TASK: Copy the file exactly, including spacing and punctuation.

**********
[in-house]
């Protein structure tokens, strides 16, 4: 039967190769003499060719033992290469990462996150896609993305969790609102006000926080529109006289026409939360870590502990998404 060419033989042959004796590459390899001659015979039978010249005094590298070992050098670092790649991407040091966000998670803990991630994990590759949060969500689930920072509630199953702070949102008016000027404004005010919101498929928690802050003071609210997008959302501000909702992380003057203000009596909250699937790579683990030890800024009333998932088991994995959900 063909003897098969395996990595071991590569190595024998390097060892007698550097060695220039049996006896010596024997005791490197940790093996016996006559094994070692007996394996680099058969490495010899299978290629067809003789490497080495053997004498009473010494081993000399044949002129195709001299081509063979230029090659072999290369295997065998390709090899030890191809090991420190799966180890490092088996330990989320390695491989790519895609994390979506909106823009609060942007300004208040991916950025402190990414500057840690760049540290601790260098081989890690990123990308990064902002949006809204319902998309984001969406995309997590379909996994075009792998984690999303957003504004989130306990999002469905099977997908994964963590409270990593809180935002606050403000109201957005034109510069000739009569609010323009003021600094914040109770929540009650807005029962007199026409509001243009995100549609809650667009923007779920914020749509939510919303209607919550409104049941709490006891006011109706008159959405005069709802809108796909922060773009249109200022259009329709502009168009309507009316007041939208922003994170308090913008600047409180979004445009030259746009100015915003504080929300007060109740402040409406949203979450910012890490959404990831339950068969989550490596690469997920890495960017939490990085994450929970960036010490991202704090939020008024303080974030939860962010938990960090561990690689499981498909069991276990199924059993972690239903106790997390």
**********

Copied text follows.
[in-house]
């Protein structure tokens, strides 16, 4: 039967190769003499060719033992290469990462996150896609993305969790609102006000926080529109006289026409939360870590502990998404 060419033989042959004796590459390899001659015979039978010249005094590298070992050098670092790649991407040091966000998670803990991630994990590759949060969500689930920072509630199953702070949102008016000027404004005010919101498929928690802050003071609210997008959302501000909702992380003057203000009596909250699937790579683990030890800024009333998932088991994995959900 063909003897098969395996990595071991590569190595024998390097060892007698550097060695220039049996006896010596024997005791490197940790093996016996006559094994070692007996394996680099058969490495010899299978290629067809003789490497080495053997004498009473010494081993000399044949002129195709001299081509063979230029090659072999290369295997065998390709090899030890191809090991420190799966180890490092088996330990989320390695491989790519895609994390979506909106823009609060942007300004208040991916950025402190990414500057840690760049540290601790260098081989890690990123990308990064902002949006809204319902998309984001969406995309997590379909996994075009792998984690999303957003504004989130306990999002469905099977997908994964963590409270990593809180935002606050403000109201957005034109510069000739009569609010323009003021600094914040109770929540009650807005029962007199026409509001243009995100549609809650667009923007779920914020749509939510919303209607919550409104049941709490006891006011109706008159959405005069709802809108796909922060773009249109200022259009329709502009168009309507009316007041939208922003994170308090913008600047409180979004445009030259746009100015915003504080929300007060109740402040409406949203979450910012890490959404990831339950068969989550490596690469997920890495960017939490990085994450929970960036010490991202704090939020008024303080974030939860962010938990960090561990690689499981498909069991276990199924059993972690239903106790997390």